Google has a firm grip on the desktop. Their products and services are ubiquitous. Don’t get us wrong, we’re long-standing admirers of many of Google’s products and services. They are often high quality, easy to use, and ‘free’, but there can be downsides of over-reliance on a specific company. For example, there are concerns about their privacy policies, business practices, and an almost insatiable desire to control all of our data, all of the time.
What if you are looking to move away from Google and embark on a new world of online freedom, where you are not constantly tracked, monetised and attached to Google’s ecosystem.
In this series, we explore how you can migrate from Google without missing out on anything. We’ll recommend open source solutions.
Google Earth Pro lets you fly anywhere to see satellite imagery, 3D buildings, 3D trees, terrain, Street View, planets and much more.
In addition to Earth navigation, Google Earth provides a series of other tools through the desktop application, including a measure distance tool. Additional globes for the Moon and Mars are available, as well as a tool for viewing the night sky.
While Google Earth Pro is available to download without charge, it’s not open source software.
What are the best open source alternatives to Google Earth Pro?
Our strongest recommendation goes to Marble, a lightweight, fast, educational geographical virtual globe and world atlas. It offers a classic topographic map, a global roadmap created by the OpenStreetMap, and a satellite view (shown in the image). The software offers other views: Behalm Globe 1492, Earth at Night, Historical Map 1689, Plain Map, Political Map, 2 Precipitation views, 2 Temperature views, and Vector OSM (a global roadmap). There’s also a satellite map based on ESA’s Sentinel 2.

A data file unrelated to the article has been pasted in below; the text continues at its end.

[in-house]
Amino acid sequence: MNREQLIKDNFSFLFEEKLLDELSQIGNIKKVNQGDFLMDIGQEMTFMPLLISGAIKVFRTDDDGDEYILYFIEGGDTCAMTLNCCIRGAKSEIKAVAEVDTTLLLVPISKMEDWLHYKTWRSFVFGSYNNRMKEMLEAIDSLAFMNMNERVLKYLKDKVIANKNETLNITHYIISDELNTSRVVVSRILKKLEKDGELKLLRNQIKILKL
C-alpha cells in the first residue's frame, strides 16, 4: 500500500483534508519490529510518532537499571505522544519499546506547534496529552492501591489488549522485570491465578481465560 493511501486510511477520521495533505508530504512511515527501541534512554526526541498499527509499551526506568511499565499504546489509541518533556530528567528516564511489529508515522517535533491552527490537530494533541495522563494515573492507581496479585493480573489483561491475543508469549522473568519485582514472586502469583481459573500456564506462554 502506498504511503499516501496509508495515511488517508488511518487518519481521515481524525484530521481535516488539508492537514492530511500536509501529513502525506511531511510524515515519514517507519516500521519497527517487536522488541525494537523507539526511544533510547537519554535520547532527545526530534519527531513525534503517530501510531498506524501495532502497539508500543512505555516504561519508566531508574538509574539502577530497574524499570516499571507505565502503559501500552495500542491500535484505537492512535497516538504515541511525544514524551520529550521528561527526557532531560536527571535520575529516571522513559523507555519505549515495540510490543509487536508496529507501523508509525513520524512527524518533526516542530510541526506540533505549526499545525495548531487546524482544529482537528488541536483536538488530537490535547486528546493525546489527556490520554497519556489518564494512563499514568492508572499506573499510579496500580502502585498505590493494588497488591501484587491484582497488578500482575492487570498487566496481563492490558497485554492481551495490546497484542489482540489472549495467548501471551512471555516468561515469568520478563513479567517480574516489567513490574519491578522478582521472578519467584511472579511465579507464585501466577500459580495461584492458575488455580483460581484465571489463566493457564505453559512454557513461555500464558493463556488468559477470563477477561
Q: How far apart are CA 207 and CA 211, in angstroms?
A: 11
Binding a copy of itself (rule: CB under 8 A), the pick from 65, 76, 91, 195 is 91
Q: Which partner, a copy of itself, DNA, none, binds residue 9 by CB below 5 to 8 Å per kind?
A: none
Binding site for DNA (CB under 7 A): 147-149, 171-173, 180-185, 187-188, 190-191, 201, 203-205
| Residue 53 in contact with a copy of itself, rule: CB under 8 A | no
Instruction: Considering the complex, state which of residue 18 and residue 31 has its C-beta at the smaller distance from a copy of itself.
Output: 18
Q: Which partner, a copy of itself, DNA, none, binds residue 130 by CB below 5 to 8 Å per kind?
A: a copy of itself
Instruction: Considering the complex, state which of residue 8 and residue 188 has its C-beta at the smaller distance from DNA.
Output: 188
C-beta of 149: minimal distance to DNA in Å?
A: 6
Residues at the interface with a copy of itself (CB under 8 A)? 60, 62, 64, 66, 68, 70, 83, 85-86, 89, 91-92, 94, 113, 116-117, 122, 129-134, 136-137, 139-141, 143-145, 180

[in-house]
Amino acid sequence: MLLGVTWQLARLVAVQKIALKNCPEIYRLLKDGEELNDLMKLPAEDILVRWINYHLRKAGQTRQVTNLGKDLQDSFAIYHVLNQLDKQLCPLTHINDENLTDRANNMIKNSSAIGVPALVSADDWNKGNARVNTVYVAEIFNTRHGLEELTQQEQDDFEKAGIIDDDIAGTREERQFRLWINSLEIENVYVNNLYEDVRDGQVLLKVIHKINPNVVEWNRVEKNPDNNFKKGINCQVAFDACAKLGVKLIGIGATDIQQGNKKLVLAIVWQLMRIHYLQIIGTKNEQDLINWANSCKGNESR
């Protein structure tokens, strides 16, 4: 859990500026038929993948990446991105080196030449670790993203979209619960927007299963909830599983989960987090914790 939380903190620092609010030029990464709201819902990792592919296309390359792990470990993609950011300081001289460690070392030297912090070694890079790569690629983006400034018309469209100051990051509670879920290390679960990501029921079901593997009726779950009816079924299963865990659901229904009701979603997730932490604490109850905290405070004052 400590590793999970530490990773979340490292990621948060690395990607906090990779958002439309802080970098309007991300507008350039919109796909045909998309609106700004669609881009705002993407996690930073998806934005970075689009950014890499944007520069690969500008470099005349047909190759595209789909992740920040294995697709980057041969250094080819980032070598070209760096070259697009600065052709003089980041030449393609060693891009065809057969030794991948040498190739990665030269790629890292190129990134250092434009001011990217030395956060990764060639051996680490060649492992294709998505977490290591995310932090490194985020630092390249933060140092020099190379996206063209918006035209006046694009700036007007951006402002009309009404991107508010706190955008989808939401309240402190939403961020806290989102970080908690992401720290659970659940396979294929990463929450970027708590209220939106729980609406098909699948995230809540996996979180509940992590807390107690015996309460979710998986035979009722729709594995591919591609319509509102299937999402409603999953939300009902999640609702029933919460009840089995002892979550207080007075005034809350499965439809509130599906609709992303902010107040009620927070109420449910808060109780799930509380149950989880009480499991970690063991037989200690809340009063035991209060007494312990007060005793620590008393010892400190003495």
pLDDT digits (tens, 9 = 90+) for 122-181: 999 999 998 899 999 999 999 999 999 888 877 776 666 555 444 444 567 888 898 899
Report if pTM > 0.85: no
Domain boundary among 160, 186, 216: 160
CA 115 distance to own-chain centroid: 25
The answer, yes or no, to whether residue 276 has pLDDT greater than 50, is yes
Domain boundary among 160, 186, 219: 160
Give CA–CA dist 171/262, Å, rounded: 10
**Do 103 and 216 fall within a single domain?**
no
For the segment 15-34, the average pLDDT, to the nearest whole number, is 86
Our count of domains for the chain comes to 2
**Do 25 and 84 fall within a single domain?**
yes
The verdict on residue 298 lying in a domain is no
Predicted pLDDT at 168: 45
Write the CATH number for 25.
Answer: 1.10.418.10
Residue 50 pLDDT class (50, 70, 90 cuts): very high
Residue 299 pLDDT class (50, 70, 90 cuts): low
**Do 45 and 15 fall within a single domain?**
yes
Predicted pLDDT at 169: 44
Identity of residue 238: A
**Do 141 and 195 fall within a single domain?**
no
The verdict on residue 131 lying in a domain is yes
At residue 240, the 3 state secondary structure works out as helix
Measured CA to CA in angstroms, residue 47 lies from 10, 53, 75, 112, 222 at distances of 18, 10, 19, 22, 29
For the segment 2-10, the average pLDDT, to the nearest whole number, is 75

Marble is supplied with a database of more than 12,000 locations (cities, mountains, volcanoes) which can be searched for and which are integrated with Wikipedia.
WorldWind is an open source (released under the NOSA license) virtual globe initially developed by NASA’s Learning Technologies project.
This Java software offers a geographic context with high-resolution terrain, for visualizing geographic or geo-located information in 3D and 2D. The software offers a basic interface.
Some of the functionality provided by Google Earth Pro is covered by other types of open source software.
OpenStreetMap (OSM) is a collaborative project to create a free editable map of the world. OpenStreetMap allows you to view, edit and use geographical data in a collaborative way from anywhere on Earth. It’s kept up to date by people using GPS devices, aerial photography and other free sources of information.
There are various open source software that taps into and other similar services. Our favorite is QGIS, an Open Source Geographic Information System (GIS). In QGIS version 3, there are built-in features to use raster and vector data from OpenStreetMap. The OSM plugin, a core QGIS plugin, provides the basic functionalities for OSM data manipulation; this includes data loading, importing, saving, downloading, editing and uploading data back to the OSM server.
All articles in this series:
|Alternatives to Google's Products and Services|
|Gmail||Email is an essential activity and starts the ball rolling in this series|
|Maps||Web mapping service offering satellite imagery, aerial photography, +|
|Photos||Store your images in the cloud for convenient access from anywhere|
|Translate||Multilingual neural machine translation service|
|Calendar||Manage your busy life with a digital calendar|
|Chrome||Application software for accessing the World Wide Web|
|Search||Privacy-focused alternatives to Google Search|
|Drive||File storage and synchronization service|
|Earth Pro||Maps Earth by superimposing satellite images, aerial photography, and GIS|
|DNS||Resolve a particular domain name to its IP equivalent|
|YouTube||Online video sharing and social media platform l|
|Google Docs||Web-based productivity office suite|
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